The below mentioned article provides a diagram of bacteria along with additional information as follows:- 1. Occurrence and Distribution of Bacteria 2. Size of Bacteria 3. Forms 4. Staining Bacteria (Gram Reaction).
Occurrence and Distribution of Bacteria:
The bacteria constitute a highly specialised group of one-celled plants. There are about 2,000 known species. They have a closer association with man because of their universal distribution.
They are among the most numerous of all living things, being present in almost every conceivable environment. They occur in abundance in both fresh and salt water. The air we breathe is full of them.
They are present in the food we eat and the objects we touch. They flourish in our mouth and intestines. They live in the bodies of other organisms and their dead remains. Some live in hot springs and others in ice.
They are found in all soil and above the earth. In fact they live in all conditions not fatal to living matter.
The features which contribute to their universal distribution are:
(a) Extremely simple structure.
(b) Small size and consequent large surface-to-volume ratio. In order to maintain their small size and this favourable ratio, cell division must occur rapidly.
(c) Resistance of vegetative cells to adverse environmental factors.
(d) Formation of highly resistant endospores.
(e) Diversity of their modes of nutrition.
The bacteria are microorganisms that possess rigid cell walls and when motile have flagella. Mostly they are unicellular organisms lacking true nucleus and typical plastids.
The plant characteristics of the bacteria are:
1. Presence of a definite and rigid cell wall which in a few species contains cellulose.
2. The tendency of some to grow in filaments.
3. The ability of autotrophic bacteria to synthesize organic food from inorganic materials such as carbon dioxide and water.
4. The absorption of food in soluble form through the cell wall.
5. Structure of the bacterium cell and reproductive methods essentially similar to some of the thallophytes.
6. Ability to synthesize all amino acids from inorganic nitrogen.
7. Existence of transitional forms between bacteria and fungi.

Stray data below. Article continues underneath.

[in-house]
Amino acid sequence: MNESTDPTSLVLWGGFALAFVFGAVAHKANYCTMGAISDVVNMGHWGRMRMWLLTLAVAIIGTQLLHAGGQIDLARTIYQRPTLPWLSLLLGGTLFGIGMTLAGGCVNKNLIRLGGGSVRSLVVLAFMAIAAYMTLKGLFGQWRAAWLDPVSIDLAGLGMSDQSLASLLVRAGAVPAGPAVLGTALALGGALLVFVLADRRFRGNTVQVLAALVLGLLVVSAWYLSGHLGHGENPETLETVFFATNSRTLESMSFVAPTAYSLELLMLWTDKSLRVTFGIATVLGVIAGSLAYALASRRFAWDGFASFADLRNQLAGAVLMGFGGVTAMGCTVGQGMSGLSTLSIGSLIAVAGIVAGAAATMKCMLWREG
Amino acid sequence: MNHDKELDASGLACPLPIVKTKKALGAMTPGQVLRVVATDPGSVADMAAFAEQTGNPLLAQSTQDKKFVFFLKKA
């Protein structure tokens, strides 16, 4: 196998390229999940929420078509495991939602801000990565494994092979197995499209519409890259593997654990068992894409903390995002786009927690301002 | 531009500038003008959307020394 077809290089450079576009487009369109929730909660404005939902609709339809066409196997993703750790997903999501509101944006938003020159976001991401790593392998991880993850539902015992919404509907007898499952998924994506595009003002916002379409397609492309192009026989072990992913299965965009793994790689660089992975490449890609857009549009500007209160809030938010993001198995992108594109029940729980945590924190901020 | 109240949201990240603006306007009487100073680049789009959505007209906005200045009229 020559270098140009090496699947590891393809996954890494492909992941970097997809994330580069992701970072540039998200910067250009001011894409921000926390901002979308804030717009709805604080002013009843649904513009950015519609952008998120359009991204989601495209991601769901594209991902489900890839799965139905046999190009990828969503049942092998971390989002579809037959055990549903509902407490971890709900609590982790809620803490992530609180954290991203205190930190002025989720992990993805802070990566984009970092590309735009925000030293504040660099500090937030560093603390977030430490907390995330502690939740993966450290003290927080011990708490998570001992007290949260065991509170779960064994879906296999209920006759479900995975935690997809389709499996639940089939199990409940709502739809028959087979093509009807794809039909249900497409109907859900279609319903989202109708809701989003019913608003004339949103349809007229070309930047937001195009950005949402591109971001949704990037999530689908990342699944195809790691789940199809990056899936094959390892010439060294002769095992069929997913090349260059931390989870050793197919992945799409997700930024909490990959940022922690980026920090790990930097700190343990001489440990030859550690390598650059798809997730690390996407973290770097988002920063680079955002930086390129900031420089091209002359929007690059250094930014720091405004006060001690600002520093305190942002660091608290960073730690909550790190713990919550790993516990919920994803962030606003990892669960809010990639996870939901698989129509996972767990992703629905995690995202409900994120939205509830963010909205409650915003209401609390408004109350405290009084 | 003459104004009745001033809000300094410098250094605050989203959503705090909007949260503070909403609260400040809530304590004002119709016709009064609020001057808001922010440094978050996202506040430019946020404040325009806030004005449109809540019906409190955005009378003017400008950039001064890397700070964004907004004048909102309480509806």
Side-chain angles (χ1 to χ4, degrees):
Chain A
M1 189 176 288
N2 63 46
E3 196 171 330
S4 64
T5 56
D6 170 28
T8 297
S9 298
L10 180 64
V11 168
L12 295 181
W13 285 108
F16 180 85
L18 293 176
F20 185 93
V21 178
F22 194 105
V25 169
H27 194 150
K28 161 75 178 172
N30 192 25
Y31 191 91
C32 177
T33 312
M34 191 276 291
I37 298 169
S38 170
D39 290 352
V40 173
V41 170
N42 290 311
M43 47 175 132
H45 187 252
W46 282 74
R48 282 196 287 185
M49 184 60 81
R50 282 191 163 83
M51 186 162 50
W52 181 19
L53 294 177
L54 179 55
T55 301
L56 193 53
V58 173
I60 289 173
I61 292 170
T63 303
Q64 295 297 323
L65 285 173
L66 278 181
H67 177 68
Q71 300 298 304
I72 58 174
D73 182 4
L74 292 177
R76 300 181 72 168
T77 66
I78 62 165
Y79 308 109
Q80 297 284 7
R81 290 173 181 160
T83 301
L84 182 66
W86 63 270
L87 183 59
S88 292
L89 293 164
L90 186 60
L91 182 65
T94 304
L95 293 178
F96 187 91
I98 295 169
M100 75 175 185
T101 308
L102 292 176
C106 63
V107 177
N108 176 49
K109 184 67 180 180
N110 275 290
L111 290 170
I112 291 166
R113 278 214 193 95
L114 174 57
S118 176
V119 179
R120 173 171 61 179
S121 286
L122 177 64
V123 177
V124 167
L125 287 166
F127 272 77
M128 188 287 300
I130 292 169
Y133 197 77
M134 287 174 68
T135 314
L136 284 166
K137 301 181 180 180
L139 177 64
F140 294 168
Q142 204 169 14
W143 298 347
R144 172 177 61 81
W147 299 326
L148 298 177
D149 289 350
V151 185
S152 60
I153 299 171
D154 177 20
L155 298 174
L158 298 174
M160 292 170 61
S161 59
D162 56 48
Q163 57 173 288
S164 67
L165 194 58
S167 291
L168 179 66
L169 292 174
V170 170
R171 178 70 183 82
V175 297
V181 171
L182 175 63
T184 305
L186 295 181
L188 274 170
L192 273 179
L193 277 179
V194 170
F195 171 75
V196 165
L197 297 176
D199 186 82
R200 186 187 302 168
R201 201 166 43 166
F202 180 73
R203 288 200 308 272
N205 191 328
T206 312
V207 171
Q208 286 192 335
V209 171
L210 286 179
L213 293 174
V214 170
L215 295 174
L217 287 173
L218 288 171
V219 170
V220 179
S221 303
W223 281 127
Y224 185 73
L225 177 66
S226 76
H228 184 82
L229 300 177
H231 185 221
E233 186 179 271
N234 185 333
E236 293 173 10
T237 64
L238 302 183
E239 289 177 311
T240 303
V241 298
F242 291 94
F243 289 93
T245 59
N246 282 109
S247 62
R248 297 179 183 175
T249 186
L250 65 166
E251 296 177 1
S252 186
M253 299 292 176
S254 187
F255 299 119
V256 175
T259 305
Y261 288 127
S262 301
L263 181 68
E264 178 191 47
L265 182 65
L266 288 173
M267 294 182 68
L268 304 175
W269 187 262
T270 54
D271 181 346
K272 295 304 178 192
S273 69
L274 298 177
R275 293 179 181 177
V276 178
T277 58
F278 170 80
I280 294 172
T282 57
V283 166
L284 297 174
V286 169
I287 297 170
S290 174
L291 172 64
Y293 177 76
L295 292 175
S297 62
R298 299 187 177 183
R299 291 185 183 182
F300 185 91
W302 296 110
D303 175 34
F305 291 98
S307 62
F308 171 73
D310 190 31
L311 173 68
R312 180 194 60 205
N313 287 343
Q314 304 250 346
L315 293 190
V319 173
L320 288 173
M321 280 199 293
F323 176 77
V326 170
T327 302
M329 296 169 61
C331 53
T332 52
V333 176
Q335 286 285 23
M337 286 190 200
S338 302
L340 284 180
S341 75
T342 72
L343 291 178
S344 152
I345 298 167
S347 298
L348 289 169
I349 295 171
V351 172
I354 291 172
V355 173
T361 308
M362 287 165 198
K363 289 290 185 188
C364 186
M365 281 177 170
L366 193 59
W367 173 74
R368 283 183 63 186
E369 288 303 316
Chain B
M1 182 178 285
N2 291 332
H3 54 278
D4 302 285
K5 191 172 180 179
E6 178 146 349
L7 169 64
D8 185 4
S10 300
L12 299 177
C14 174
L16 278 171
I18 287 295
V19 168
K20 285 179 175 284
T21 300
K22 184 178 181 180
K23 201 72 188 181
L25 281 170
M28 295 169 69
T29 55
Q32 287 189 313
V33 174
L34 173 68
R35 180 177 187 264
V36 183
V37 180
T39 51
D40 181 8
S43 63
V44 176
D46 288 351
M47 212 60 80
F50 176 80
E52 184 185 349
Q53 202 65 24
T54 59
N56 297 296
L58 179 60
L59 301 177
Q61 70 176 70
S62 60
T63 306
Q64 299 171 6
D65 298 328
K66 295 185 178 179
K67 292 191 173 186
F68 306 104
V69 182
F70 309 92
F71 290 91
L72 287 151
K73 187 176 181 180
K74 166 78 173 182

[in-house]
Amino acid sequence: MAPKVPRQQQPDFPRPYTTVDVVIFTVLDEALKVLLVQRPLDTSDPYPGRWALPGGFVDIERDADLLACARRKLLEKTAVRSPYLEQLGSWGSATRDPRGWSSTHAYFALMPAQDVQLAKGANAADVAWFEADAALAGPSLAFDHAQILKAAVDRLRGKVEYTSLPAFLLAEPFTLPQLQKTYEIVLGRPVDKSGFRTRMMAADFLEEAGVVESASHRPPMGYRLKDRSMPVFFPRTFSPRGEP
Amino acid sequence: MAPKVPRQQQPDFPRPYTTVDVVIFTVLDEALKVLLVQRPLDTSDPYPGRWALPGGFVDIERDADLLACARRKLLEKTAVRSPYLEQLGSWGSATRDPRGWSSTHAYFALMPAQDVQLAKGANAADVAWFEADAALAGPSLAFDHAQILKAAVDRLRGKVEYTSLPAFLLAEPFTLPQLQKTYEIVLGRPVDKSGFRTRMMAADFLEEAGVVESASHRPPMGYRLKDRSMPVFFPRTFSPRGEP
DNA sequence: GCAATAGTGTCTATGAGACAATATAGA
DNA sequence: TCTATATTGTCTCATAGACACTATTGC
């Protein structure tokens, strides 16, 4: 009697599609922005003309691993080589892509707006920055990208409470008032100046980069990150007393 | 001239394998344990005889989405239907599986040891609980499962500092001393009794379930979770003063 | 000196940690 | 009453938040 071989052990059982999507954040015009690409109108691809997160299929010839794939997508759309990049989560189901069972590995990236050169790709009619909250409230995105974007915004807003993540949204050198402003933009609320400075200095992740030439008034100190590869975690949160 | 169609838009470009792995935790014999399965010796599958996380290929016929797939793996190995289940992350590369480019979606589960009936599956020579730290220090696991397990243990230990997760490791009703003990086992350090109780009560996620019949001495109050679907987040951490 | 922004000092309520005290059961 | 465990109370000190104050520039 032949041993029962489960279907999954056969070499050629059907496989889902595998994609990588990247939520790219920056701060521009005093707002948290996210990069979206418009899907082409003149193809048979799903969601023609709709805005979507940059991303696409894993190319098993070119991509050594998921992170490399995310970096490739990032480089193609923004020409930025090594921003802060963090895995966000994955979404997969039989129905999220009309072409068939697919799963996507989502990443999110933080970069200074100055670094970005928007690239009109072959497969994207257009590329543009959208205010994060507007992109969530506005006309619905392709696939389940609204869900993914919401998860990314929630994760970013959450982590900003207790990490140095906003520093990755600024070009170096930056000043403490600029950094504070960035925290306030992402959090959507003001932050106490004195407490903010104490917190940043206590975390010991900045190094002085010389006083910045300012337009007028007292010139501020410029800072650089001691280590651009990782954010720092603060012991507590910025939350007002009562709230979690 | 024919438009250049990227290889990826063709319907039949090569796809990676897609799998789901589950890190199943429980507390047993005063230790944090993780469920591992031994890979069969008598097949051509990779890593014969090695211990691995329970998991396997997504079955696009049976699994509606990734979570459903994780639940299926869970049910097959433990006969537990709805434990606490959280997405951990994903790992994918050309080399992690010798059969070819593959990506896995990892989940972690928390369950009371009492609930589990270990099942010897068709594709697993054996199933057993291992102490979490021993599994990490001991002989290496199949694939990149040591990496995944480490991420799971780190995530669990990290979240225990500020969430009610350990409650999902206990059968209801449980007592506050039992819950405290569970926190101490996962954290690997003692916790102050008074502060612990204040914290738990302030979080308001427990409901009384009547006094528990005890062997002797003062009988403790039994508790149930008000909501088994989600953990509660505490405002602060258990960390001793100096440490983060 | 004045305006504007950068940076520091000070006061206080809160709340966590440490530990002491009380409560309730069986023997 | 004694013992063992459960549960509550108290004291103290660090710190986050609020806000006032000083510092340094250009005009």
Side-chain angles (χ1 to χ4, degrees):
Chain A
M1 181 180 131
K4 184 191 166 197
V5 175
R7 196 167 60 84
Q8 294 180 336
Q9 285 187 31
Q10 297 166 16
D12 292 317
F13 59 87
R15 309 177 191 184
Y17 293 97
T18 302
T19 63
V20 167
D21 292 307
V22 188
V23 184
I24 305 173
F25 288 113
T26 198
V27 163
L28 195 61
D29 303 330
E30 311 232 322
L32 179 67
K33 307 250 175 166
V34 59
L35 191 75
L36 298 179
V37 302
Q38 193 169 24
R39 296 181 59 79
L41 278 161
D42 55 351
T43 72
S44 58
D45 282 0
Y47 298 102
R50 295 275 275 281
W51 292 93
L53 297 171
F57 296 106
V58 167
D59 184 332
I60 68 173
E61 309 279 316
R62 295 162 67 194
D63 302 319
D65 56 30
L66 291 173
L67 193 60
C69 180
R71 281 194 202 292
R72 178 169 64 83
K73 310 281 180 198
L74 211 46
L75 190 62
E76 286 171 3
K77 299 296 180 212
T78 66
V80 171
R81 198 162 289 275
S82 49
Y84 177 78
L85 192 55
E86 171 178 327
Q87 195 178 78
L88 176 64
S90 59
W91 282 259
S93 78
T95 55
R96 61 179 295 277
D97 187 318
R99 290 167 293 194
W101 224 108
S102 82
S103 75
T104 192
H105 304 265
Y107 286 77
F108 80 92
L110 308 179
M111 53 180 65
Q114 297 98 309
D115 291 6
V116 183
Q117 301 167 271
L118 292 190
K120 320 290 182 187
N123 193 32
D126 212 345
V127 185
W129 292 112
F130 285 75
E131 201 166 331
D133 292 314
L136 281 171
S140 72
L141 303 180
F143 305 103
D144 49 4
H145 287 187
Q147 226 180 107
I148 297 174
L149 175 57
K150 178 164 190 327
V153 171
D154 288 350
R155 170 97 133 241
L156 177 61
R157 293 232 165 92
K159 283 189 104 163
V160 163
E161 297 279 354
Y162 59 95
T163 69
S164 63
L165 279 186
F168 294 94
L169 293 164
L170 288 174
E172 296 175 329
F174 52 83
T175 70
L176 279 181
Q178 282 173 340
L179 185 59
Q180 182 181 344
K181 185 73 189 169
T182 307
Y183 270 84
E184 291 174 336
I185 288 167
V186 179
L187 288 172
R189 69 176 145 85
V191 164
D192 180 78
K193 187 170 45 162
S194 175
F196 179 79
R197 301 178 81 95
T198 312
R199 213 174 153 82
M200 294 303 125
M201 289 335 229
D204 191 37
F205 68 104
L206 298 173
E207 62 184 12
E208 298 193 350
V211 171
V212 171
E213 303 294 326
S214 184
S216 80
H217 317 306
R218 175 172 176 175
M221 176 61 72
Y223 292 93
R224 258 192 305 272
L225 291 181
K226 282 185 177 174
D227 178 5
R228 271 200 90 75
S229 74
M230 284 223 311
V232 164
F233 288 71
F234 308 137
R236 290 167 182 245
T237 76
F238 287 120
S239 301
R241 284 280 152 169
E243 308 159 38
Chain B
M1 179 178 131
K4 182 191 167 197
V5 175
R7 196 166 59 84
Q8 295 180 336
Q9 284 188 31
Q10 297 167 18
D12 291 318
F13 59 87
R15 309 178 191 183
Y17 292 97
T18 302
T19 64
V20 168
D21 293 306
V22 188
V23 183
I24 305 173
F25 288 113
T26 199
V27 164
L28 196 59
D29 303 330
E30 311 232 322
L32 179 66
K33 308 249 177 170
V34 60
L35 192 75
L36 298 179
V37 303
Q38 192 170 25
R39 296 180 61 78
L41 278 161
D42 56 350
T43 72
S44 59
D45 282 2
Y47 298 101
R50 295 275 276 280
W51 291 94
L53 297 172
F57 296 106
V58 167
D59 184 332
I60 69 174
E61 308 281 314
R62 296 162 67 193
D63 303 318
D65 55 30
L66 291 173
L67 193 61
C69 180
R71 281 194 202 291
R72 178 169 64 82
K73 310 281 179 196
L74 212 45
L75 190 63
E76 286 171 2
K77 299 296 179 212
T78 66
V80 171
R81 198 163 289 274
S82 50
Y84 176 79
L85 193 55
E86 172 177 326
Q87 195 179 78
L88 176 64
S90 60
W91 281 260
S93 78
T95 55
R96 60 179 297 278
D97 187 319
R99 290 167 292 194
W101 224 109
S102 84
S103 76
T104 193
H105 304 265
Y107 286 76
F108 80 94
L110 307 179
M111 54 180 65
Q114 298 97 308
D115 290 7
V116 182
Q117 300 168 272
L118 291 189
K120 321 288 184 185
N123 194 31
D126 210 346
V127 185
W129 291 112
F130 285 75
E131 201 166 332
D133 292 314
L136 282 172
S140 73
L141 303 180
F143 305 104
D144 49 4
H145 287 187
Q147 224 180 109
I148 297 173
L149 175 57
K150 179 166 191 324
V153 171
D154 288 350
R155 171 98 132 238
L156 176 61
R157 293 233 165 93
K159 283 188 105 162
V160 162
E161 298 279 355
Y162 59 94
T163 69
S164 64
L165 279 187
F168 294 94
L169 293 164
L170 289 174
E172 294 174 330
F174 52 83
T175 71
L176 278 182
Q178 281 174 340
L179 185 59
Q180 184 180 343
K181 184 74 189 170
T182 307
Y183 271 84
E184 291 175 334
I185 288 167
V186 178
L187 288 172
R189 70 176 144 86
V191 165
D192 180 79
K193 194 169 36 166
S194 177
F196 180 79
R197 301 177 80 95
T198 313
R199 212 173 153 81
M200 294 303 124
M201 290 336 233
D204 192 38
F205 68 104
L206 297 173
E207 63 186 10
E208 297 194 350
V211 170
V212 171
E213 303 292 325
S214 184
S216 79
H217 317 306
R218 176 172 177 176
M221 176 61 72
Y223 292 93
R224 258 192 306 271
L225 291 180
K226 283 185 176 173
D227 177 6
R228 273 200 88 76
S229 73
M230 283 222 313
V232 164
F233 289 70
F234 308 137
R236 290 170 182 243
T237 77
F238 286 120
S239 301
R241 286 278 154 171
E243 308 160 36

Size of Bacteria:
Bacteria are exeedingly small unicells. In fact they are the smallest of all known cellular organisms and are visible only with the aid of the microscope. Some of them are so small that they are hardly visible under the high power of ordinary light microscope.
Their size is usually expressed in microns, a smallest unit of the metric system. A micron (µ) is equivalent to 0.0001 mm. or about 1/25,000 of an inch. An average spherical bacterium cell is 1/2 micron (µ) in diameter.
In comparison, a grain of salt is about 500 microns across. Of course the size of bacteria varies considerably ranging from about 0.2µ (micron) to 2 micron (µ) in width and less than 2-10 microns in length.
The coccus forms vary from 0.5 to 2.5 microns in diameter. The variations in the Bacillus forms are still greater from 0.3 to 15 µ in length and from 0.2 to 2.0µ in width. Escherichia coli is 0.4 to 0.7 µ in diameter and 1.0 to 3.0 µ long.
The average bacillus size is 3 microns long. A single drop of liquid can contain about 50 million bacteria. A few Bacillus and Spirilla forms are much larger.
Forms of Bacteria:
The shape of these tiny organisms is their only readily visible characteristic. Thus it is used as a basis for describing them. The bacteria vary in their shape which is usually constant for each species.
The three fundamental forms among the bacteria are rods, spheres and helices.
True bacteria belong to one of these three types:
1. Rod-shaped Bacteria:
The majority of bacterial cells look like hyphens (-) or tiny rods (A) under the microscope. The rods may be cylindrical and straight or slightly curved or wavy with rounded or blunt ends.
These are the bacilli (sing, bacillus). Bacillus is a Latin word meaning “Little stick or rod”. The bacillary forms are by far the commonest and range around 1.5µ in diameter and 10µ in length. Some bear flagella and others not.
The bacilli occur singly (A), in groups of two (diplohacillus, B), or in a chain (C) forming a filament (streptobacillus) or occasionally in parallel or palisade arrangement (D).
B. suhtilis, B. anthracis and Lactobacillus are the common examples of rod-shaped bacteria. In some bacilli the rods are so short as to be indistinguishable from spherical forms.
2. Spherical Bacteria: